Which is fake?

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Sniffing substations will solve 'leccy car charging woes, reckons upstart

Stuart 22

Re: Brave New World

"That's for a pansy e-bicycle ... not for a car that ... goes a lot faster, so at least an order of magnitude more propulsion power required, moron!"

Not faster in most cities my friend. Oh and the pansy non-electric version is good for touring Europe. Yep, Mt Ventoux would have been a little challenging but now with a little assistance?

Hope you keep your day job Rex ;-)

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Stuart 22
Trollface

Re: Brave New World

Some more realistic charging times for city commuting without rewiring or damaging your leccy bill:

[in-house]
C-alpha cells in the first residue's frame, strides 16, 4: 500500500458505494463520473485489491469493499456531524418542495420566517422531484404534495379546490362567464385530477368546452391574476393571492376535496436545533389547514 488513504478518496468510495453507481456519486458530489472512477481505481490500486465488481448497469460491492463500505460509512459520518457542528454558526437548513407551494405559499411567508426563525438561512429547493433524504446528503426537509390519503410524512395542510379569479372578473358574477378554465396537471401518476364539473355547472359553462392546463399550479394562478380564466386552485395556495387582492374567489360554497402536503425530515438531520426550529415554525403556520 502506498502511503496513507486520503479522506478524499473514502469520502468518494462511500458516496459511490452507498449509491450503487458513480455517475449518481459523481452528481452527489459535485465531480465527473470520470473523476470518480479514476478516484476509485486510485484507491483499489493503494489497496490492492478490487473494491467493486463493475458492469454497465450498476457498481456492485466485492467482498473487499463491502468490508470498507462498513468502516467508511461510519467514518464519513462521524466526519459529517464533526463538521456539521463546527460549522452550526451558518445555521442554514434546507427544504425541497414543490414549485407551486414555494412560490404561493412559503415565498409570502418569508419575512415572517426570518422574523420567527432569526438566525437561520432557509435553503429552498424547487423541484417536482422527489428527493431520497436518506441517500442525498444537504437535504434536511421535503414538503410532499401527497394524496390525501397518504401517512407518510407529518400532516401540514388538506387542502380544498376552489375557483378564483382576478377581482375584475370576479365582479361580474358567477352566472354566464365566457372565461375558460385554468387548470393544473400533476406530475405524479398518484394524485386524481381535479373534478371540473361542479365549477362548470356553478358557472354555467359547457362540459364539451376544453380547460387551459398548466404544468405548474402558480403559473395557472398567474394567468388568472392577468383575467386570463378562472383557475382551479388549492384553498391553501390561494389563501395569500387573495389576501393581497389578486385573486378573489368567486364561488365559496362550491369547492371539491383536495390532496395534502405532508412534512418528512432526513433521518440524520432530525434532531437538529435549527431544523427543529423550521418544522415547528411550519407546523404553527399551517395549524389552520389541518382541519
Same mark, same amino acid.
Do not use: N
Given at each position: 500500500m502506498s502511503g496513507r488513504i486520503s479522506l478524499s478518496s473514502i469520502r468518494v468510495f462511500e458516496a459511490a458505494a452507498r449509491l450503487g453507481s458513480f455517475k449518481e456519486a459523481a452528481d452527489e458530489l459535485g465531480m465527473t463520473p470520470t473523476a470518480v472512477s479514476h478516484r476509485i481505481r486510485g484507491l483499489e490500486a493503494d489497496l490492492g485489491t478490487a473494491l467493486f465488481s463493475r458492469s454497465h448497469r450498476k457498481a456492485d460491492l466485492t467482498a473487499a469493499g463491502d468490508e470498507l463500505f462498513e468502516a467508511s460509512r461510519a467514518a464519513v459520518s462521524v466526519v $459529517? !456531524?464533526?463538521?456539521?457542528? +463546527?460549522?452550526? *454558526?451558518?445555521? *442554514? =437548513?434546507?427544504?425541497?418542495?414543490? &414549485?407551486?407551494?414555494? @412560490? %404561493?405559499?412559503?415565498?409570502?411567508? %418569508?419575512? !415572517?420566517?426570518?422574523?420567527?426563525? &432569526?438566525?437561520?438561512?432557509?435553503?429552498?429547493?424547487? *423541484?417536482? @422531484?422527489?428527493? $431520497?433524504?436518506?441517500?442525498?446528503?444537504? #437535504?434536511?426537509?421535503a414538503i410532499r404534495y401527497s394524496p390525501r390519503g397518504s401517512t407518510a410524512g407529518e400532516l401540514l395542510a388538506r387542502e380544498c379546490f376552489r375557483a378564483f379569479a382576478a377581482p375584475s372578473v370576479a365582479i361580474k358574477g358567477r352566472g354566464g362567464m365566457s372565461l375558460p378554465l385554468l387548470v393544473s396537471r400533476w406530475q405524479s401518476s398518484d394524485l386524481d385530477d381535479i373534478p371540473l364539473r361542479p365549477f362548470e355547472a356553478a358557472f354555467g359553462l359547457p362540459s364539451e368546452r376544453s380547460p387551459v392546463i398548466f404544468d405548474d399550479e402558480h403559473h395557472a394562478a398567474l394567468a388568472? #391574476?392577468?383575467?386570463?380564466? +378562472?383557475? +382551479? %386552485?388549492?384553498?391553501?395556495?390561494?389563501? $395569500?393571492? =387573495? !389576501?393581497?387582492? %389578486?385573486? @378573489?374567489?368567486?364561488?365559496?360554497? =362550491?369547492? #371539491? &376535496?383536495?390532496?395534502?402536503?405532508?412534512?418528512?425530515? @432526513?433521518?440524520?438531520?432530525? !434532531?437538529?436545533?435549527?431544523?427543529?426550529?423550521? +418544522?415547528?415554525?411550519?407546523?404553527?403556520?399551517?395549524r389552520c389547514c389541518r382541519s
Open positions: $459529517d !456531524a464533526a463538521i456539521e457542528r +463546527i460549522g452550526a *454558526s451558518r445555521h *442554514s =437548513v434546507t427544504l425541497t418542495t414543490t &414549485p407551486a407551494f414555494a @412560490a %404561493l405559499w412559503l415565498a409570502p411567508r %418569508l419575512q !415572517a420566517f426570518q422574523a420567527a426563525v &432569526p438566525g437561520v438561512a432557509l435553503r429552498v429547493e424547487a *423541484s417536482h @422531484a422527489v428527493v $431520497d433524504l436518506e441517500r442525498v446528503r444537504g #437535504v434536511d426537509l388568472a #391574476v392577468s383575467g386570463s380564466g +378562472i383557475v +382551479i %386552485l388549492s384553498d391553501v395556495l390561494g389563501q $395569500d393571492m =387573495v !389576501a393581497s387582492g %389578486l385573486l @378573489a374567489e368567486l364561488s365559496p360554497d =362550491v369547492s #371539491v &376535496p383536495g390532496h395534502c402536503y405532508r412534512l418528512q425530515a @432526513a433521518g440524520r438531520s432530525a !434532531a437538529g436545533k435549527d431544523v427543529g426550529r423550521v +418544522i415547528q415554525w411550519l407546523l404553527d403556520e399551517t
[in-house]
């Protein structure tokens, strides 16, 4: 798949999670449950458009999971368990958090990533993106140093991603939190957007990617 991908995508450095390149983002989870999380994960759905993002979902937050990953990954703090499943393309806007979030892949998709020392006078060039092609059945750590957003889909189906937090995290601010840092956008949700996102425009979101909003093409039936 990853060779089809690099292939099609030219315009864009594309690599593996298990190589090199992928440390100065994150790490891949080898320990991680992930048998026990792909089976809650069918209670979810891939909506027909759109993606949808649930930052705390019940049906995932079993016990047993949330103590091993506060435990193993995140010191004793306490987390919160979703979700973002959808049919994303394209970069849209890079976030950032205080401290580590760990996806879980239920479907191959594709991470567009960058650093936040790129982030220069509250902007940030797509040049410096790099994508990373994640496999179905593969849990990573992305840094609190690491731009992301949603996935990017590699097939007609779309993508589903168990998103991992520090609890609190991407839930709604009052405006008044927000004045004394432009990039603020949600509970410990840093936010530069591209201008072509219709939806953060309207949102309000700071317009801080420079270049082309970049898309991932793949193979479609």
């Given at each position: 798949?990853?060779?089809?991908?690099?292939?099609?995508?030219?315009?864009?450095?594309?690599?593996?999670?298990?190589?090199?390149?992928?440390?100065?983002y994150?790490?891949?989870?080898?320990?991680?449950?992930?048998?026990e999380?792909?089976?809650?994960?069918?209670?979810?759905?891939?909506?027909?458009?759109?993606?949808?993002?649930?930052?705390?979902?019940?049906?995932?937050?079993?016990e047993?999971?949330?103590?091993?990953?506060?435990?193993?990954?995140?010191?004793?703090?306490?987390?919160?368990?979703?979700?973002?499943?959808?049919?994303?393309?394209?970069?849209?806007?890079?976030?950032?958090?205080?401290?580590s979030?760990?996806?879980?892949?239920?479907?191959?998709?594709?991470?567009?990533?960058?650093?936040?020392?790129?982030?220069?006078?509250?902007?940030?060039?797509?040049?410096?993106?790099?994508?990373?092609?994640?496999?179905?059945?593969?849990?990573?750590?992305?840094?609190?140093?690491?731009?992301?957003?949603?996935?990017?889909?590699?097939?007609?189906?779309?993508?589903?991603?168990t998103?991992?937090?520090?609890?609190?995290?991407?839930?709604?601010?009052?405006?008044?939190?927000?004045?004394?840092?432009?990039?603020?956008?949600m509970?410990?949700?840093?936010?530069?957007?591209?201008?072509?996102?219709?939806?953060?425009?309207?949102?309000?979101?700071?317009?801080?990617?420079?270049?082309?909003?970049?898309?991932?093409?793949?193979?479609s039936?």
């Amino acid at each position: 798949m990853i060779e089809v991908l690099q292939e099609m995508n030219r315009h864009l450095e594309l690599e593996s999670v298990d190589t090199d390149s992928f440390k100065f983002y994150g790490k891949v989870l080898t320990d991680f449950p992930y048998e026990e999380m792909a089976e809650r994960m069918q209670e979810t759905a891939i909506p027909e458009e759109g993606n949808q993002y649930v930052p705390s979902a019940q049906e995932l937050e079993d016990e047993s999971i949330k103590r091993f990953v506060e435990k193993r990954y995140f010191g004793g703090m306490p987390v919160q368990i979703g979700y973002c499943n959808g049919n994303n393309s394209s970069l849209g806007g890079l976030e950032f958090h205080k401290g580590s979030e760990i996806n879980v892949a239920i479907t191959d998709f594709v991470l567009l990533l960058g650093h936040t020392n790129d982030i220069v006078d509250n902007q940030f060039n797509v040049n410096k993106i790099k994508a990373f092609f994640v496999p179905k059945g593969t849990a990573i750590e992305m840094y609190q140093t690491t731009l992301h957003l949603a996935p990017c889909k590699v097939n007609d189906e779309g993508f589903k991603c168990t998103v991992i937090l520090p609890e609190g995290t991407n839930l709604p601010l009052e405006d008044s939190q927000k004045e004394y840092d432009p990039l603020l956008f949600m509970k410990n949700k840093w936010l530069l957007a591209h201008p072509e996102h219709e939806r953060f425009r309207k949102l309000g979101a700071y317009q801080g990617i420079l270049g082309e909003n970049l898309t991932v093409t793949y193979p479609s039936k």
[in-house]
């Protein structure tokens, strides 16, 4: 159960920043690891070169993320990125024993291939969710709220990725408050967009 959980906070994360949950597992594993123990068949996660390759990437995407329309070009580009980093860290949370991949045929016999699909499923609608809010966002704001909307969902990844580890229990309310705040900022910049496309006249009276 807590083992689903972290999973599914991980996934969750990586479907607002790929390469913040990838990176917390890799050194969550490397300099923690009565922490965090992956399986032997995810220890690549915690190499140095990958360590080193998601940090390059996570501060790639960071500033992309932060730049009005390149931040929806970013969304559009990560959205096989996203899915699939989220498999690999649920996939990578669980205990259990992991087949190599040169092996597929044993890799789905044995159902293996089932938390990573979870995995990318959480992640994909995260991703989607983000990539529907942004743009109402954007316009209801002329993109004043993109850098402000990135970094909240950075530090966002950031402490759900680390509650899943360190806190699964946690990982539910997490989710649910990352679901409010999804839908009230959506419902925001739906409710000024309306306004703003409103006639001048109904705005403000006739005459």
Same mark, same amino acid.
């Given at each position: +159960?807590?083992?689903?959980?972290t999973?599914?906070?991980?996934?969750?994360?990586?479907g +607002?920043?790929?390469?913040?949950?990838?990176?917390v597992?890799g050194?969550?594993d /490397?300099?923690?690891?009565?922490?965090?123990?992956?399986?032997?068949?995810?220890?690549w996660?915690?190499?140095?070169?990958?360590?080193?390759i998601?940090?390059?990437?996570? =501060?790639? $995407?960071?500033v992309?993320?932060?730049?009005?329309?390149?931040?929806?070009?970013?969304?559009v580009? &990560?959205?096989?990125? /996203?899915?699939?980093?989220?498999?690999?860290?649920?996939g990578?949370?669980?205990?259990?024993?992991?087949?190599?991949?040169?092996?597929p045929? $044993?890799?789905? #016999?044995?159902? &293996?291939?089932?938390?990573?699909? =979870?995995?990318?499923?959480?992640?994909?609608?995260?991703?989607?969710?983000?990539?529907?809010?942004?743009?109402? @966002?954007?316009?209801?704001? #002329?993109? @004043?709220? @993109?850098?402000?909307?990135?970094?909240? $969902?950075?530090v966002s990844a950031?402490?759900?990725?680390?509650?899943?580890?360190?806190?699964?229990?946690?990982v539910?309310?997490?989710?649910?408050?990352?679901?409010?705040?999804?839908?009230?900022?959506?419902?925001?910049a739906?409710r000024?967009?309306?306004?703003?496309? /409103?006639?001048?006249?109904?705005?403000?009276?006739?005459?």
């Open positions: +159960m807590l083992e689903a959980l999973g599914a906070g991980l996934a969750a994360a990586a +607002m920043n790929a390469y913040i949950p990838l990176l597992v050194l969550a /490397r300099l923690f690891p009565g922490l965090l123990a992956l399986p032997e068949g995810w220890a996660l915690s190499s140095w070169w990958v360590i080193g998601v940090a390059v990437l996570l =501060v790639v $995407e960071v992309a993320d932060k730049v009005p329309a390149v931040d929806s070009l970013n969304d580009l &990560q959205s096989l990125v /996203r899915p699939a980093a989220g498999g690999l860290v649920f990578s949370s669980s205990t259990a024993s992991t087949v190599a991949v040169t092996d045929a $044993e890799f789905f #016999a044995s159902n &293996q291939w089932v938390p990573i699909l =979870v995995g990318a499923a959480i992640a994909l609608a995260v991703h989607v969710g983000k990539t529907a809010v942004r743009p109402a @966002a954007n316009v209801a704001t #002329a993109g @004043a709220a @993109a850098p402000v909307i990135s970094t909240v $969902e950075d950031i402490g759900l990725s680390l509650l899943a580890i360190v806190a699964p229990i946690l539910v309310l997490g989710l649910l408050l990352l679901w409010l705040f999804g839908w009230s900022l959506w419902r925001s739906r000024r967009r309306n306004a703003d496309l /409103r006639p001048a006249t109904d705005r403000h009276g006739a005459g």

Standard charger (included) 2A charger (80% charge in 3-3.5 hours, 100% in 4-5 hours)

Fast charger (optional accessory) 4A charger (80% charge in 1.5-2 hours, 100% in 2.5-3 hours) - additional £115

Reservable now for delivery in 2018 (which is faster than a Tesla Model 3):

https://www.brompton.com/brompton-gbr/uk-store/bikes/Brompton-Electric-Reservation-Deposit/c-24/c-77/p-2897

50 mile range and you can still get you home even if the battery goes flat :-)

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Why Uber isn't the poster child for capitalism you wanted

Stuart 22

Money isn't everything

My one beef with the analysis is that Uber's fate is it isn't going to be the lowest cost provider and is hence doomed. While low cost is important and it should not be difficult to undercut black cabs profitably using a app peer to peer model even ethically.